Day Two of the When Readers Struggle Institute

by Cindy Downend

We started out day two of the institute with Eva Konstantellou and Kathy Ha talking with us about the role of fluency in supporting readers who struggle.  Here are some quick thoughts to share from the session in case you were unable to join us.

What gets in the way of fluency? 

  • Habituation of slow, staccato, word-by-word reading
  • Making children think that reading has only to do with letters, sounds, and words
  • Interrupting the reading (too much) with our teaching
  • Encouraging children to problem solve out loud (may interfere with reading for thinking)
  • Do we have different expectations for struggling readers?

Richard Allington says struggling readers are more likely:

  • To be reading too difficult text
  • To be asked to read aloud
  • To be interrupted too quickly
  • To wait for a teacher prompt
  • To be told to sound out a word
  • Not to be held accountable for fluent reading

The role of the teacher is critical!   Here are some quick ideas to think about in terms of teaching for fluent reading:

  • Teach with instructional level text
  • Provide a rich book introduction:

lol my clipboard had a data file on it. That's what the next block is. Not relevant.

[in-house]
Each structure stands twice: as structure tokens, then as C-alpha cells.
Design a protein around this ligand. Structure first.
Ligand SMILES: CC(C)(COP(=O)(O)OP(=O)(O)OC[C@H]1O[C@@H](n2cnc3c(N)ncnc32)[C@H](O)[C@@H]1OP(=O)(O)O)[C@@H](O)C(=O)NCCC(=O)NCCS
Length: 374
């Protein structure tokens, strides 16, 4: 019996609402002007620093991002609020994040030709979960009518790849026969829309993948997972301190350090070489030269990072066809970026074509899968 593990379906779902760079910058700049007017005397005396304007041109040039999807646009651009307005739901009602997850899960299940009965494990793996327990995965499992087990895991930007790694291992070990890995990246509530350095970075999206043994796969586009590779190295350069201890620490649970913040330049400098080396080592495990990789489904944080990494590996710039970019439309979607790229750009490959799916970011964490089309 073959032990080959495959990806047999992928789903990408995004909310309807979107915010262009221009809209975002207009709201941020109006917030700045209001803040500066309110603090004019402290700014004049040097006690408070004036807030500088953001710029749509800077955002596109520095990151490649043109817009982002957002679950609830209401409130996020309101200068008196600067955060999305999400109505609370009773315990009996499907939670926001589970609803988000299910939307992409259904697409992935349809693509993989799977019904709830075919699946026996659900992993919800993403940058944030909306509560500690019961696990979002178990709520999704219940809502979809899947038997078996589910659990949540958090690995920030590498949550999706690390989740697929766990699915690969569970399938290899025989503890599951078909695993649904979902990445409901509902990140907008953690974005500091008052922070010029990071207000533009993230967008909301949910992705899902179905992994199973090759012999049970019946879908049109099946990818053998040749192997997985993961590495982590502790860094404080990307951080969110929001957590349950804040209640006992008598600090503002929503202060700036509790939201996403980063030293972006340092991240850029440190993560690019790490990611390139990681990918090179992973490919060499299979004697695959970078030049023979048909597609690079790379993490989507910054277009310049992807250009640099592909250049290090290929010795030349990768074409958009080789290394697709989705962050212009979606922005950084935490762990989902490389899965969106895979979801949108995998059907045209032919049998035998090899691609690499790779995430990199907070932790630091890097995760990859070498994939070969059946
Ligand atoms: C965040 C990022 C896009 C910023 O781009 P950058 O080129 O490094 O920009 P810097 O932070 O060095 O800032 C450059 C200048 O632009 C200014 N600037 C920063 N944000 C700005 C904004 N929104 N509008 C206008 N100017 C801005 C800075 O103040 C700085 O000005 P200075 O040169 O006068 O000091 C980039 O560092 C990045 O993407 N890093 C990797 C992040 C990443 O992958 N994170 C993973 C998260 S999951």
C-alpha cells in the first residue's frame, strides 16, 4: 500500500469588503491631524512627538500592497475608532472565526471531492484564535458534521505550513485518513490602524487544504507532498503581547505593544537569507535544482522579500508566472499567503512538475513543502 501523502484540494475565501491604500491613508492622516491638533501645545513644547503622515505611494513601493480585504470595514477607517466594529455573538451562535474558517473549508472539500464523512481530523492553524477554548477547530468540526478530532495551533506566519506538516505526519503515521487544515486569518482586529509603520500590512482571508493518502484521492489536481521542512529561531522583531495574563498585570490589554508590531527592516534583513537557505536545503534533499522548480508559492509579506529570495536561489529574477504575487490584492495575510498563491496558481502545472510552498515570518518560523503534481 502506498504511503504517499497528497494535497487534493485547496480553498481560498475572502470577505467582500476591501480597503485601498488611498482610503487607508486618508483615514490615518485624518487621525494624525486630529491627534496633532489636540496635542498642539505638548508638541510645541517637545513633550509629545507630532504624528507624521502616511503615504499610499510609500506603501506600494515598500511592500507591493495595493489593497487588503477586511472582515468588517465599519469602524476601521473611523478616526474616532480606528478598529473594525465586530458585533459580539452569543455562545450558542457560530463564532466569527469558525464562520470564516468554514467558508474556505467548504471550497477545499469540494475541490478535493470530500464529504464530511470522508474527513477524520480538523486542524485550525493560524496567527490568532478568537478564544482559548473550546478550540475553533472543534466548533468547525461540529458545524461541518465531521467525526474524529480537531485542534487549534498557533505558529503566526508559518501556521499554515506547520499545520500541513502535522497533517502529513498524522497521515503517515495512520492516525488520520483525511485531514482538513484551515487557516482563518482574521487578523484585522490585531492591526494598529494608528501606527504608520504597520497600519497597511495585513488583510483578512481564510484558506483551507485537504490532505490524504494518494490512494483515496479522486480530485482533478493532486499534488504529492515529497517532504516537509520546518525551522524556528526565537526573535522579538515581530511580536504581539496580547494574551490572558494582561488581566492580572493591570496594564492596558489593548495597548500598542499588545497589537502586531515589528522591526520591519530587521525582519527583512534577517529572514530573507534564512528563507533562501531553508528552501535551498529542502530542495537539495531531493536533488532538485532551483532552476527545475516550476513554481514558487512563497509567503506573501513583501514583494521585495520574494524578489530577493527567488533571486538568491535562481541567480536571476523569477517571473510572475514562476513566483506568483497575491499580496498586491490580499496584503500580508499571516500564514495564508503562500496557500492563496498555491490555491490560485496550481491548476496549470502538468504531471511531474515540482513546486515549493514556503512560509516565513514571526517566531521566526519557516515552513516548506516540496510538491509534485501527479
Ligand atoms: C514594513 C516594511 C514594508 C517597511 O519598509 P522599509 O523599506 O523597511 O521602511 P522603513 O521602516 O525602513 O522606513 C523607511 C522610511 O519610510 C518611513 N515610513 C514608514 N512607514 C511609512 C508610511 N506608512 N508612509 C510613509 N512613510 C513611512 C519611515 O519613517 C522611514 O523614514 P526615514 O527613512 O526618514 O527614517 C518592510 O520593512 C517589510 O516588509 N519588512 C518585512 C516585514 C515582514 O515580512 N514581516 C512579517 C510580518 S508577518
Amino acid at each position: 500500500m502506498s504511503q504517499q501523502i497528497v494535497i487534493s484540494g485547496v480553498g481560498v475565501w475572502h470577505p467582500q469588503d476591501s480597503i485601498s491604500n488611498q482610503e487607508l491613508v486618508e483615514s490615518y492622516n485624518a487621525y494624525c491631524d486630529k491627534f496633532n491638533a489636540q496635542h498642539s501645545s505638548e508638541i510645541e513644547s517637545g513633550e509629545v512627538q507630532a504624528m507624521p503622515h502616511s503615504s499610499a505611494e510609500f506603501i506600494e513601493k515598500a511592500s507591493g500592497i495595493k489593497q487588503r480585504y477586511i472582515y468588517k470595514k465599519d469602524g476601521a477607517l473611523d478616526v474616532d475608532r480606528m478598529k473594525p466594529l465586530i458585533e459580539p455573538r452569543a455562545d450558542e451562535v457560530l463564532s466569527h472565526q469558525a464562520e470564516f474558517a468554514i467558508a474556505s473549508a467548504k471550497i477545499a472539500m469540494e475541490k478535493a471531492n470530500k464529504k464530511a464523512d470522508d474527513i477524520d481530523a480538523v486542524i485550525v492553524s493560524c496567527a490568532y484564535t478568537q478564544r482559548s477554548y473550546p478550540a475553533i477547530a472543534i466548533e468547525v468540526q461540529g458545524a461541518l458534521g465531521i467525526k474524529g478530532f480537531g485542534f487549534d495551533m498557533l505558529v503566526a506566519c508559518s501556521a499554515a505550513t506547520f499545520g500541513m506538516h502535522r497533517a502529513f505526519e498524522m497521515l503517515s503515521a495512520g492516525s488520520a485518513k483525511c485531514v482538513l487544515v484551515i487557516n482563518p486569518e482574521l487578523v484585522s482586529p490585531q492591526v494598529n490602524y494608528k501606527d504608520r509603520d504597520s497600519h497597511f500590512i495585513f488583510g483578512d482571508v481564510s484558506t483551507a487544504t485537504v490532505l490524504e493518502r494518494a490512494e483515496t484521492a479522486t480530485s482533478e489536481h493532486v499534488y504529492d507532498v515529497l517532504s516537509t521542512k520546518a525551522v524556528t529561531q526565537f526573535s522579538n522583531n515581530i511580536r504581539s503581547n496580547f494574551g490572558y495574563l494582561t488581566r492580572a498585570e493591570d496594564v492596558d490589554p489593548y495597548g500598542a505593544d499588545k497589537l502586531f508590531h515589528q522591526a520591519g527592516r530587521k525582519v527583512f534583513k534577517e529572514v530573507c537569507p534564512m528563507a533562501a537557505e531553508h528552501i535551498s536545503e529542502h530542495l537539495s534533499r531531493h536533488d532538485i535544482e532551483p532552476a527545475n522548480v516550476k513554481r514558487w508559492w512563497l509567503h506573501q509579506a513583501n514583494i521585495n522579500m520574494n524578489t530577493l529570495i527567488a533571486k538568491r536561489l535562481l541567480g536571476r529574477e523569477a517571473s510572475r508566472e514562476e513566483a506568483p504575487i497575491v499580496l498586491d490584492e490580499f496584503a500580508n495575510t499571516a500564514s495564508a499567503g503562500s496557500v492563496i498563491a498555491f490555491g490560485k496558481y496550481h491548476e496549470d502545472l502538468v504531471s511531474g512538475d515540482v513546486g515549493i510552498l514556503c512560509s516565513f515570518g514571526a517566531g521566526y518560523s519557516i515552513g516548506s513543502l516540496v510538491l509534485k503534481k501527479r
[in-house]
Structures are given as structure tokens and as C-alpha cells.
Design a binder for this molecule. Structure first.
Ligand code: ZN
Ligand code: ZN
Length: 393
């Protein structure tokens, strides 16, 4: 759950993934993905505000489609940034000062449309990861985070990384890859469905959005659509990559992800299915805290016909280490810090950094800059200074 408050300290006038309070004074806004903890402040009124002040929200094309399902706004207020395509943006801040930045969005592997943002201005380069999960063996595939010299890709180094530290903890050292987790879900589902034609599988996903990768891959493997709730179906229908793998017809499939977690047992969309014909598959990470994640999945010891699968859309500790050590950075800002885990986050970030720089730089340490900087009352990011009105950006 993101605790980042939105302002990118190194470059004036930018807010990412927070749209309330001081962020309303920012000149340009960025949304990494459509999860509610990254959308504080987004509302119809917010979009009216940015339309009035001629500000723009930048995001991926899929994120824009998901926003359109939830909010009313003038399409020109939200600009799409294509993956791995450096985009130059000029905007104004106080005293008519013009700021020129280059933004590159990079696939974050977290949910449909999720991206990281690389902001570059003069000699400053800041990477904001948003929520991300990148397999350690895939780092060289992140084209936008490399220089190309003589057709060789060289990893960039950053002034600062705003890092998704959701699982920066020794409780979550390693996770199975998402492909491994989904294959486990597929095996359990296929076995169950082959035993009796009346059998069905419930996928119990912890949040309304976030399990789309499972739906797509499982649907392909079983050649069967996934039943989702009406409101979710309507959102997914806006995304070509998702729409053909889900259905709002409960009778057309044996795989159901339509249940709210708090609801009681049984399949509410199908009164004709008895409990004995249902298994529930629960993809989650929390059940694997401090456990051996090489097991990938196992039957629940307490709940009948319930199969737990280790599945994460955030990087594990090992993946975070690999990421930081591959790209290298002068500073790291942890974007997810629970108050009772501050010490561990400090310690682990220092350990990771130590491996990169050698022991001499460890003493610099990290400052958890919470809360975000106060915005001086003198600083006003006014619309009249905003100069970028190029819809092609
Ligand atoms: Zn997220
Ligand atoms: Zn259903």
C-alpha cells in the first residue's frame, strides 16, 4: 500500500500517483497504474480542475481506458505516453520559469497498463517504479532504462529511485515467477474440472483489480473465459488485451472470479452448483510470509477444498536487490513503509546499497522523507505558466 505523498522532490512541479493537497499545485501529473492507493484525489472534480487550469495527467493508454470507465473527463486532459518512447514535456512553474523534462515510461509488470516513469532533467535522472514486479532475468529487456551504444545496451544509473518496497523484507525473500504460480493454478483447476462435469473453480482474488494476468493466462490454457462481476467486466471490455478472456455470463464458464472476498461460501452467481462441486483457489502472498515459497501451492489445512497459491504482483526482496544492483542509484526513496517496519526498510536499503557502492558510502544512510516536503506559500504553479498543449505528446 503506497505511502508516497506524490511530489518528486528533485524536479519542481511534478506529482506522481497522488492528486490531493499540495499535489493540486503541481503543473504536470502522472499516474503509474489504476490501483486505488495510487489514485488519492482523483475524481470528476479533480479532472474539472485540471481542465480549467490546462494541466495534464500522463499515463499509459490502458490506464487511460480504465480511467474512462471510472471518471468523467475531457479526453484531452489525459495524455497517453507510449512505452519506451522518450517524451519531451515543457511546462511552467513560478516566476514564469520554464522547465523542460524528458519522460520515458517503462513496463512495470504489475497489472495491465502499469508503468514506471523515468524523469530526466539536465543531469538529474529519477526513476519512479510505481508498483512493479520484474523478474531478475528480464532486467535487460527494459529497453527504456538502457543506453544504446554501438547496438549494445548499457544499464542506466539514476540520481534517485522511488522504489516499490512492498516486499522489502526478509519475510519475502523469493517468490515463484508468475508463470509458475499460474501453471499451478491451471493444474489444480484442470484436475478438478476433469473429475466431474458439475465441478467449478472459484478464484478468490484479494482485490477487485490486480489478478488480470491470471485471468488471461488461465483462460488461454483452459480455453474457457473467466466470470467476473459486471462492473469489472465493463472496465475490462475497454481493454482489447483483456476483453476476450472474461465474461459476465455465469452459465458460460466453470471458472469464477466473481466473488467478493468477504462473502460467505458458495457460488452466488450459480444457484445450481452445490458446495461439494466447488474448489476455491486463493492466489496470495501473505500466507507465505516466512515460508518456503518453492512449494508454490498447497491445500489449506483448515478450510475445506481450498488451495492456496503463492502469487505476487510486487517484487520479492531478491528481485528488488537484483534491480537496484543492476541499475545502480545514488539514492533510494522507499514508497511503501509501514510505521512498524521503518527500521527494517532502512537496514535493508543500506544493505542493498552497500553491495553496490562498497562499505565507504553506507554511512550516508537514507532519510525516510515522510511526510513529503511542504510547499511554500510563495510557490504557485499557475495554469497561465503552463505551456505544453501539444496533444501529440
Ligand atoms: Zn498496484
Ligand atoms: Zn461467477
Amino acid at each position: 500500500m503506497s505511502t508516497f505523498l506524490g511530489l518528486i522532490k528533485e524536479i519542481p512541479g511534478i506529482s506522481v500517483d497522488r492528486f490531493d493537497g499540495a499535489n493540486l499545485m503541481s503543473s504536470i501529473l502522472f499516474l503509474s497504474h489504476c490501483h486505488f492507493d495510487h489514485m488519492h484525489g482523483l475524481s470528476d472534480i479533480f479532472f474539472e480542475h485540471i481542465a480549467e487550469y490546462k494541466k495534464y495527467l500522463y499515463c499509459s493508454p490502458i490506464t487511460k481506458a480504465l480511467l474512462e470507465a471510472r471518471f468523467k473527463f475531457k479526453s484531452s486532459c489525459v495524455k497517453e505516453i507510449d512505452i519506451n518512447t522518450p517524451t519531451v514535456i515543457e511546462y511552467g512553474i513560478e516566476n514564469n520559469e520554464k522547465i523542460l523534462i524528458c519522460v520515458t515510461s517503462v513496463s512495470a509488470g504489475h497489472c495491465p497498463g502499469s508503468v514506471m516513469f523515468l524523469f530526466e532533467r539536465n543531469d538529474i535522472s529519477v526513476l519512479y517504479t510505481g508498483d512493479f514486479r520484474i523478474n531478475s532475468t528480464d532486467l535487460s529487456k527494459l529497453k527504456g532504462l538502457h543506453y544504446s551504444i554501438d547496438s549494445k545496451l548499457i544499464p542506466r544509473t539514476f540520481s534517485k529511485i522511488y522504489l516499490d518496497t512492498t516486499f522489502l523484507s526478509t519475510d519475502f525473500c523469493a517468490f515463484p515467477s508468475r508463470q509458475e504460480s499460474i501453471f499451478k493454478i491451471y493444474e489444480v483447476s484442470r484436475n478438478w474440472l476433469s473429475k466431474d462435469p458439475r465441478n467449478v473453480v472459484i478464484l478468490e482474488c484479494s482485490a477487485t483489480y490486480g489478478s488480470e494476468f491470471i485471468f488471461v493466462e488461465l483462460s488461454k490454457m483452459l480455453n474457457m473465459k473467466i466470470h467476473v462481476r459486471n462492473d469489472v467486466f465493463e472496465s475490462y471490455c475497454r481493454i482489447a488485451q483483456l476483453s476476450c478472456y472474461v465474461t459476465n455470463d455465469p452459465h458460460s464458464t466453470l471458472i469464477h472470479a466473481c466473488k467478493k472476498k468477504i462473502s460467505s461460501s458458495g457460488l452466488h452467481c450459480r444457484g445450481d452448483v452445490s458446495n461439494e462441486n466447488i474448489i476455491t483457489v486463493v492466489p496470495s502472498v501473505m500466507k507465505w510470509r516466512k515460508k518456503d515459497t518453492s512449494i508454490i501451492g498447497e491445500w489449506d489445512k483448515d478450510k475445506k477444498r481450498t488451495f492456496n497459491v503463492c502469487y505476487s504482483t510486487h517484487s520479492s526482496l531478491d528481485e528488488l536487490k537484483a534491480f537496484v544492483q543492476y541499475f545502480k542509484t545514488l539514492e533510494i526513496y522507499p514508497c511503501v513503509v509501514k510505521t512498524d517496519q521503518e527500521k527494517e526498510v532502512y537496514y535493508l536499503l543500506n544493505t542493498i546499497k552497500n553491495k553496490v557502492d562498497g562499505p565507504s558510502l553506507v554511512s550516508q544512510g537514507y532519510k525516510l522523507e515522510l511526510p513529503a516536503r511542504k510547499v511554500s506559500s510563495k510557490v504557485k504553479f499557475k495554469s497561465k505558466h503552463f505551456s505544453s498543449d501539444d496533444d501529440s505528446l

• Attend to the whole meaning of the text
    • Introduce and have children practice complex or unfamiliar language structures
    • Help children understand how the structure of the text work
  • Teach explicitly for phrasing
  • Select texts that facilitate fluent reading
  • Read stories to the child, demonstrating fluent reading
  • Allow for massive practice on familiar texts

One thought on “Day Two of the When Readers Struggle Institute

  1. Thanks so much for publishing these wonderful snippets of wisdom from your When Readers Struggle workshops. I will save them as quick reminders of what to always remember when working with students who are still working through how to read when their classmates have reached some level of proficiency…


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